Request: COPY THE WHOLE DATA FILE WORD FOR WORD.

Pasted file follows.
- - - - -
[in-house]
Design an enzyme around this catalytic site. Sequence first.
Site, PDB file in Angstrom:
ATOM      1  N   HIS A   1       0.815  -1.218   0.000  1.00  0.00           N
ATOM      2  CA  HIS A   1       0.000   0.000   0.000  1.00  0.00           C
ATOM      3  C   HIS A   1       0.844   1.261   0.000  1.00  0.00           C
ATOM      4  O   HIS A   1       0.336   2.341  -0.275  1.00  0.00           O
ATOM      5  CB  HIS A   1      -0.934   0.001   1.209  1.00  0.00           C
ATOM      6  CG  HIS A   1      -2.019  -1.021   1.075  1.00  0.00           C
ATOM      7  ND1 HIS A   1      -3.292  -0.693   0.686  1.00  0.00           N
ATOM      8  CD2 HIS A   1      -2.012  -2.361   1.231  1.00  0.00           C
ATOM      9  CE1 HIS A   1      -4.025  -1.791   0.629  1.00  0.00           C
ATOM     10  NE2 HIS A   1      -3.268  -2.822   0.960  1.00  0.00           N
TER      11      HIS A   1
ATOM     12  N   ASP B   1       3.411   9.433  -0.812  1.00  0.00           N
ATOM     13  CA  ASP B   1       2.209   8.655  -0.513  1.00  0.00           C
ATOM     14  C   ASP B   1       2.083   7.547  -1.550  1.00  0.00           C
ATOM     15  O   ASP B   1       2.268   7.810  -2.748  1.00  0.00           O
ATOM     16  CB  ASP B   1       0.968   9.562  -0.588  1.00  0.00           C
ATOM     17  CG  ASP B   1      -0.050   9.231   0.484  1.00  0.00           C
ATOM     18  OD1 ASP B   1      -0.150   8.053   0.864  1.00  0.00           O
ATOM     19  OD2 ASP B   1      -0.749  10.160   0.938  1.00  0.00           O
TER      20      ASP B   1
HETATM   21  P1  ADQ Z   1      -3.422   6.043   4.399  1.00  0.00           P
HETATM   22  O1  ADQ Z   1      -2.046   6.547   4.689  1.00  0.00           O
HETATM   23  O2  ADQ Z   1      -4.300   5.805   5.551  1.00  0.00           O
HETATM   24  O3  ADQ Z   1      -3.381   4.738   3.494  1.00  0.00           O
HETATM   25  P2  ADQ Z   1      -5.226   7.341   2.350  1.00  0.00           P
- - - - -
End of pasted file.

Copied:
[in-house]
Design an enzyme around this catalytic site. Sequence first.
Site, PDB file in Angstrom:
ATOM      1  N   HIS A   1       0.815  -1.218   0.000  1.00  0.00           N
ATOM      2  CA  HIS A   1       0.000   0.000   0.000  1.00  0.00           C
ATOM      3  C   HIS A   1       0.844   1.261   0.000  1.00  0.00           C
ATOM      4  O   HIS A   1       0.336   2.341  -0.275  1.00  0.00           O
ATOM      5  CB  HIS A   1      -0.934   0.001   1.209  1.00  0.00           C
ATOM      6  CG  HIS A   1      -2.019  -1.021   1.075  1.00  0.00           C
ATOM      7  ND1 HIS A   1      -3.292  -0.693   0.686  1.00  0.00           N
ATOM      8  CD2 HIS A   1      -2.012  -2.361   1.231  1.00  0.00           C
ATOM      9  CE1 HIS A   1      -4.025  -1.791   0.629  1.00  0.00           C
ATOM     10  NE2 HIS A   1      -3.268  -2.822   0.960  1.00  0.00           N
TER      11      HIS A   1
ATOM     12  N   ASP B   1       3.411   9.433  -0.812  1.00  0.00           N
ATOM     13  CA  ASP B   1       2.209   8.655  -0.513  1.00  0.00           C
ATOM     14  C   ASP B   1       2.083   7.547  -1.550  1.00  0.00           C
ATOM     15  O   ASP B   1       2.268   7.810  -2.748  1.00  0.00           O
ATOM     16  CB  ASP B   1       0.968   9.562  -0.588  1.00  0.00           C
ATOM     17  CG  ASP B   1      -0.050   9.231   0.484  1.00  0.00           C
ATOM     18  OD1 ASP B   1      -0.150   8.053   0.864  1.00  0.00           O
ATOM     19  OD2 ASP B   1      -0.749  10.160   0.938  1.00  0.00           O
TER      20      ASP B   1
HETATM   21  P1  ADQ Z   1      -3.422   6.043   4.399  1.00  0.00           P
HETATM   22  O1  ADQ Z   1      -2.046   6.547   4.689  1.00  0.00           O
HETATM   23  O2  ADQ Z   1      -4.300   5.805   5.551  1.00  0.00           O
HETATM   24  O3  ADQ Z   1      -3.381   4.738   3.494  1.00  0.00           O
HETATM   25  P2  ADQ Z   1      -5.226   7.341   2.350  1.00  0.00           P